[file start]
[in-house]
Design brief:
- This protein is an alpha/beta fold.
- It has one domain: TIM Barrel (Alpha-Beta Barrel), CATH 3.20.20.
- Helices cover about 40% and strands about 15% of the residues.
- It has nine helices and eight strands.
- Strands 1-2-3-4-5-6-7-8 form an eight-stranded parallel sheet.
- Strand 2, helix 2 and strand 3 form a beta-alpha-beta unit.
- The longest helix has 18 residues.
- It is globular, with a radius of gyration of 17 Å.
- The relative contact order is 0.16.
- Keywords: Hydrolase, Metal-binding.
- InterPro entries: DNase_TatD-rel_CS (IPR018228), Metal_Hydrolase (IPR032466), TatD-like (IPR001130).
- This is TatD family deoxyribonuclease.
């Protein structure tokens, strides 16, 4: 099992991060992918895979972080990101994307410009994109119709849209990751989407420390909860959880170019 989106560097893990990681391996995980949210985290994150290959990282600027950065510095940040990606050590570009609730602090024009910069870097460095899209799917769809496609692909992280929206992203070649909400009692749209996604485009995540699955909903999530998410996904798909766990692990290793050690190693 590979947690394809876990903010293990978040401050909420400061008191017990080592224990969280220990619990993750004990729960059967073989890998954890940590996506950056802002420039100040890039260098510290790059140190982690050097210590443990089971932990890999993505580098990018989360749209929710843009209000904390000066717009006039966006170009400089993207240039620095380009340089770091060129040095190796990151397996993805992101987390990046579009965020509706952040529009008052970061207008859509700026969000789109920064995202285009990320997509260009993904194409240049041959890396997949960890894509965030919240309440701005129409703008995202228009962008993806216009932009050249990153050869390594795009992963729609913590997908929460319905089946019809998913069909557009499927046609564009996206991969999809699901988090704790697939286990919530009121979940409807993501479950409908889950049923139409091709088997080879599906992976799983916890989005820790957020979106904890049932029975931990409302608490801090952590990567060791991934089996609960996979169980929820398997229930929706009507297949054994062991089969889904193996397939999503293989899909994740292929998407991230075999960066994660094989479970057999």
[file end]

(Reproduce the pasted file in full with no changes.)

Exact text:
[in-house]
Design brief:
- This protein is an alpha/beta fold.
- It has one domain: TIM Barrel (Alpha-Beta Barrel), CATH 3.20.20.
- Helices cover about 40% and strands about 15% of the residues.
- It has nine helices and eight strands.
- Strands 1-2-3-4-5-6-7-8 form an eight-stranded parallel sheet.
- Strand 2, helix 2 and strand 3 form a beta-alpha-beta unit.
- The longest helix has 18 residues.
- It is globular, with a radius of gyration of 17 Å.
- The relative contact order is 0.16.
- Keywords: Hydrolase, Metal-binding.
- InterPro entries: DNase_TatD-rel_CS (IPR018228), Metal_Hydrolase (IPR032466), TatD-like (IPR001130).
- This is TatD family deoxyribonuclease.
């Protein structure tokens, strides 16, 4: 099992991060992918895979972080990101994307410009994109119709849209990751989407420390909860959880170019 989106560097893990990681391996995980949210985290994150290959990282600027950065510095940040990606050590570009609730602090024009910069870097460095899209799917769809496609692909992280929206992203070649909400009692749209996604485009995540699955909903999530998410996904798909766990692990290793050690190693 590979947690394809876990903010293990978040401050909420400061008191017990080592224990969280220990619990993750004990729960059967073989890998954890940590996506950056802002420039100040890039260098510290790059140190982690050097210590443990089971932990890999993505580098990018989360749209929710843009209000904390000066717009006039966006170009400089993207240039620095380009340089770091060129040095190796990151397996993805992101987390990046579009965020509706952040529009008052970061207008859509700026969000789109920064995202285009990320997509260009993904194409240049041959890396997949960890894509965030919240309440701005129409703008995202228009962008993806216009932009050249990153050869390594795009992963729609913590997908929460319905089946019809998913069909557009499927046609564009996206991969999809699901988090704790697939286990919530009121979940409807993501479950409908889950049923139409091709088997080879599906992976799983916890989005820790957020979106904890049932029975931990409302608490801090952590990567060791991934089996609960996979169980929820398997229930929706009507297949054994062991089969889904193996397939999503293989899909994740292929998407991230075999960066994660094989479970057999």